Commentary Magazine


Nothing Inevitable About a One-State Solution-Part Two

As I wrote earlier, Peter Beinart and the Atlantic’s Jeffrey Goldberg claim Israel must evacuate the West Bank of Jews or be faced with an inevitable scenario in which they will either be forced to accept a one-state solution that means the end of Zionism or be branded an apartheid state. But this is a false choice. The settlements would not prevent a two-state solution if the Palestinians were willing to accept one in the first place. They have repeatedly refused such a deal, and the continuance of the status quo is their fault, not Israel’s.

But is it reasonable to assume, as do Beinart and Goldberg, that eventually Americans will tire of supporting Israel under these circumstances? Will the leftist repetition of the false canard that Israel is a new South Africa wear down the bipartisan coalition that is the foundation of the U.S.-Israel alliance and, sooner or later, force the Israelis to either accept the creation of a Palestinian state — that may or may not be controlled by the Islamists of Hamas — or be abandoned by Washington and American Jewry? The answer is no. Such a notion assumes that Americans–Jews and non-Jews alike–are indifferent to Israel’s security dilemma or ignorant or indifferent to the nature of the Palestinian political culture or their intentions.

In his piece, Goldberg alludes to the security implications of a full withdrawal from the West Bank under the current circumstances. But he assumes that this is merely a factor that must be ignored for the sake of peace or avoiding the apartheid smear. But doing so would inevitably mean replicating what Israel faced when it unilaterally withdrew from Gaza: the creation of a Hamas state that functions as both a safe haven for terrorists and as reminder that the Palestinian goal is not independence but the destruction of Israel. No one in Israel, even on the political left whose parties have been decimated by the failure of the peace process they advocated, wants to see the standoff in Gaza — where rockets routinely fly over the border to hit Israeli towns and villages  — repeated next to the main population centers in Tel Aviv and Jerusalem. So long as that is true, there will never be an Israeli majority for more territorial surrender.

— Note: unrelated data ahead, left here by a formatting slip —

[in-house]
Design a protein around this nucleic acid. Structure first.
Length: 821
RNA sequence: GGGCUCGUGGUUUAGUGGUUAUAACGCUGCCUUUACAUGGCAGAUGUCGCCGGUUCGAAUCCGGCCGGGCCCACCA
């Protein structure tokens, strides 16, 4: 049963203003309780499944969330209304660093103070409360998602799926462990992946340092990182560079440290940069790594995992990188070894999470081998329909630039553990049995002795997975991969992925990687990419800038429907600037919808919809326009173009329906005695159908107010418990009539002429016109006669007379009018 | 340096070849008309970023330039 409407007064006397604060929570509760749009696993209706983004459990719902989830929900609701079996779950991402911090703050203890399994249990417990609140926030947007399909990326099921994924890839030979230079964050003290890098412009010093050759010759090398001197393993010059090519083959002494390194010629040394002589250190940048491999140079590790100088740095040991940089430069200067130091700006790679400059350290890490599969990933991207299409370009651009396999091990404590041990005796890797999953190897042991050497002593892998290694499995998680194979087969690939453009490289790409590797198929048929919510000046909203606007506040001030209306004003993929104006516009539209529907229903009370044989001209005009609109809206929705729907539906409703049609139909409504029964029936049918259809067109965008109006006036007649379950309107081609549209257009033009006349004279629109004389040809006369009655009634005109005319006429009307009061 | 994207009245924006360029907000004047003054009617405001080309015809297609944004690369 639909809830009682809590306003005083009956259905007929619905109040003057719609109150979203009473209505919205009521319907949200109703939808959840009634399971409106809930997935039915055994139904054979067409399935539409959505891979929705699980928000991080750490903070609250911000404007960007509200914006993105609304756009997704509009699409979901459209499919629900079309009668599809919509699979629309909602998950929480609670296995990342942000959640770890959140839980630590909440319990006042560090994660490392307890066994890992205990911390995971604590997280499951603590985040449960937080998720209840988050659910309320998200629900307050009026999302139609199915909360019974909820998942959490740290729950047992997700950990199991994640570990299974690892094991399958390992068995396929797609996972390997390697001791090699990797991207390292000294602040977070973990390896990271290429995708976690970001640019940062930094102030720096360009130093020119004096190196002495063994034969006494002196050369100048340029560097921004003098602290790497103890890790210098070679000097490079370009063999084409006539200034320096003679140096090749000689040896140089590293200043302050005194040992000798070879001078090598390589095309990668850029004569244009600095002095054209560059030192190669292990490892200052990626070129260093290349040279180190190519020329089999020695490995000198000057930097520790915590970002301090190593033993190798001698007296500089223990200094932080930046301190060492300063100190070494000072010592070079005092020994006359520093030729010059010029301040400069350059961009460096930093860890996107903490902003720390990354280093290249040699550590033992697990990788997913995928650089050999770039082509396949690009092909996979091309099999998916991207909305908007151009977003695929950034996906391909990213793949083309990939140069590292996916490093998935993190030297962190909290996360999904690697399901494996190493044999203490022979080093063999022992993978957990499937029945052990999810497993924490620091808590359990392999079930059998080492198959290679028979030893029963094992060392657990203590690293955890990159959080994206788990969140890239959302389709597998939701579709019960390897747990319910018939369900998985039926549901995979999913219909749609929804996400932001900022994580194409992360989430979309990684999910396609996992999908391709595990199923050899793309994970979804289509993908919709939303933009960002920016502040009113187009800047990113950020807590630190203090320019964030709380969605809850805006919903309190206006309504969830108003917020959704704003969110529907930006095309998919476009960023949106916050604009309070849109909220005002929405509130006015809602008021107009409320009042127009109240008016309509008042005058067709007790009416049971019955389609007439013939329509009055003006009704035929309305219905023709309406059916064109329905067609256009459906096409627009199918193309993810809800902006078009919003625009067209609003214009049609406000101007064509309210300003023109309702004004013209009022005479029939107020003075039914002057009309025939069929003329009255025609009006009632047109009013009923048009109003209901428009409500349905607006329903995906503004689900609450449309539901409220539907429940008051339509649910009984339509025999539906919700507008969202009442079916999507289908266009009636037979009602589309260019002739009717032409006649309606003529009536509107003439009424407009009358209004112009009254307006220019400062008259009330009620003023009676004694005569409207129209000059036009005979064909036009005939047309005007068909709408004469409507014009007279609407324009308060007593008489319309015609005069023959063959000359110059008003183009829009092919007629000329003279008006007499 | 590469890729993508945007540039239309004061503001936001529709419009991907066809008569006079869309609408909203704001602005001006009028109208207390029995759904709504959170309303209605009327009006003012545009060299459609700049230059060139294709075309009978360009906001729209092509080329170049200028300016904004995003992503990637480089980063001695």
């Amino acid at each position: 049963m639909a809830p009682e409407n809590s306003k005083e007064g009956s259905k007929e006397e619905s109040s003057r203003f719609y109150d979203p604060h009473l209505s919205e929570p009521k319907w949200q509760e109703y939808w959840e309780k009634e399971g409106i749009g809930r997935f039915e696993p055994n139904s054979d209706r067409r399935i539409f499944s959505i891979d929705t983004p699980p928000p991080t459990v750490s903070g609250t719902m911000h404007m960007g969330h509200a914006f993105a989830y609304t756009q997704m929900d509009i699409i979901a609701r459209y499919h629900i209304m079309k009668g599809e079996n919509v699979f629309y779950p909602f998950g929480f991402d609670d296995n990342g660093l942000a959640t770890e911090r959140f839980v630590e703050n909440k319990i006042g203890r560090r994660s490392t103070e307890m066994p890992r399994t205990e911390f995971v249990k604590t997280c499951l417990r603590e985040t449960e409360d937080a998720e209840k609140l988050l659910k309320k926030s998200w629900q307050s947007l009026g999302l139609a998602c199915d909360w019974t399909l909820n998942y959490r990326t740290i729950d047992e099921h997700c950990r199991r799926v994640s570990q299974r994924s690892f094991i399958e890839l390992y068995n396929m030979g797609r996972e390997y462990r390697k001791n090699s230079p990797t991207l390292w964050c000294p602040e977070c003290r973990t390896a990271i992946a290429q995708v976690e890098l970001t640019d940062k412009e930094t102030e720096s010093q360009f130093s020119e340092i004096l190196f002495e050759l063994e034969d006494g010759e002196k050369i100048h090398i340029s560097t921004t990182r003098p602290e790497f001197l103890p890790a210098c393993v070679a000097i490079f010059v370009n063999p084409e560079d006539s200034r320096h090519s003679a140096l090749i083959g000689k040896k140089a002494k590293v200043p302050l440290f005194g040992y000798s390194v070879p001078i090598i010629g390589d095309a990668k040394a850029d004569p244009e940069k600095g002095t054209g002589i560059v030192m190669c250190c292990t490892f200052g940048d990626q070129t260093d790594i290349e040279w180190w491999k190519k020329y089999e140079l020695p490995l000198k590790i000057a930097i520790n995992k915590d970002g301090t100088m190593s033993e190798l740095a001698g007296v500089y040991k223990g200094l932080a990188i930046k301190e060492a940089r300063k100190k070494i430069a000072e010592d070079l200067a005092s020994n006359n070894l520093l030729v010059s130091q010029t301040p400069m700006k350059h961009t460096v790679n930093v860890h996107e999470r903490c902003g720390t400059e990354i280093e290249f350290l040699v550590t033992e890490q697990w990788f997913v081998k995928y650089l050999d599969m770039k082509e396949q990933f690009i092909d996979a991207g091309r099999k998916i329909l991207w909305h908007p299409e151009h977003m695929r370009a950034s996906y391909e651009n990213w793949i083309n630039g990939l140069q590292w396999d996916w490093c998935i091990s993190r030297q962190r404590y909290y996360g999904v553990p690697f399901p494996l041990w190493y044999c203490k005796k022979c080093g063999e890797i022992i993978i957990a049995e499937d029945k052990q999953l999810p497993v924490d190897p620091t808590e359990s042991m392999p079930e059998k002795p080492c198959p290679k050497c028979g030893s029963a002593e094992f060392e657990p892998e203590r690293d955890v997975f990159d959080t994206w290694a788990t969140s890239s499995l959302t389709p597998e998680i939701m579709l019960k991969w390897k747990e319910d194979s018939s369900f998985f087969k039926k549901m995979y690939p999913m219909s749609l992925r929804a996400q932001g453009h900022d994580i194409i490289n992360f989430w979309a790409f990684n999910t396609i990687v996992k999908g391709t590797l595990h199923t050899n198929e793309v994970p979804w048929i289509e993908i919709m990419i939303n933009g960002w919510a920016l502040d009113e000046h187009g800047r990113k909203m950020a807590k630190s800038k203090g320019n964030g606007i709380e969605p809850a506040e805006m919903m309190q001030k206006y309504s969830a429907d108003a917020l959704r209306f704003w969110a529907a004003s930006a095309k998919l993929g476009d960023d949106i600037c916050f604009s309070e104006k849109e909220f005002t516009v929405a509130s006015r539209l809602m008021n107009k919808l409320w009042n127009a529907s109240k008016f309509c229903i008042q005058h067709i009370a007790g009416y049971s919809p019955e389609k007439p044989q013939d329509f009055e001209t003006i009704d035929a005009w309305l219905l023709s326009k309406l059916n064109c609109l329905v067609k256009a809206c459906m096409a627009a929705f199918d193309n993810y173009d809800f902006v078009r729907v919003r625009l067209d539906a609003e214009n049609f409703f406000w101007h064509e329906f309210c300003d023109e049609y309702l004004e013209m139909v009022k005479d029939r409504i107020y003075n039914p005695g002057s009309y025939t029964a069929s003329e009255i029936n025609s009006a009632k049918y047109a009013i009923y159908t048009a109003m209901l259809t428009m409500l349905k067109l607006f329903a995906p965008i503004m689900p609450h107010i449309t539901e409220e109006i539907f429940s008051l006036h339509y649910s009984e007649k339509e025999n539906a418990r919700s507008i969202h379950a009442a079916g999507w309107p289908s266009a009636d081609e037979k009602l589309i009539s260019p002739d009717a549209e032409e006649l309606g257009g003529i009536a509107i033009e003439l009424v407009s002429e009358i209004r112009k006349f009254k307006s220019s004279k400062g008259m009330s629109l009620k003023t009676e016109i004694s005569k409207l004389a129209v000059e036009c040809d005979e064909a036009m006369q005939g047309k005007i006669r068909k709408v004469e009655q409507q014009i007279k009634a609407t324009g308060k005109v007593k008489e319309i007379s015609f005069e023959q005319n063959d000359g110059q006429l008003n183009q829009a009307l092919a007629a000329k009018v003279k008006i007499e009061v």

Nor is it likely that there will be much support for such a scheme in the United States. The idea that most Americans would ever support imposing a new, bigger and even more dangerous Hamasistan in the West Bank is utterly fanciful. Most understand, even if Beinart does not, that the Palestinians are not particularly interested in peace and that risking the empowerment of a group allied with Iran is sheer idiocy. Indeed, that is a scenario even the Obama administration fears.

As President Obama learned earlier this year (when he sought to orchestrate more pressure on the Netanyahu government by ambushing the prime minister during a visit to Washington by announcing that the 1967 lines should be the basis for future negotiations), Israel’s backing in this county is broad-based and deep. The instinctual backing for its security and distaste for the Palestinians and their goal of its destruction is also not to be underestimated.

There is no reason, other than wishful thinking by the Palestinians and some of their sympathizers here, to think this will change at any time in the foreseeable future if, for no other reason, than the Palestinians haven’t changed.

But even if this is true, won’t Americans eventually accept the South Africa analogy and give up on Israel? More on that in my next post.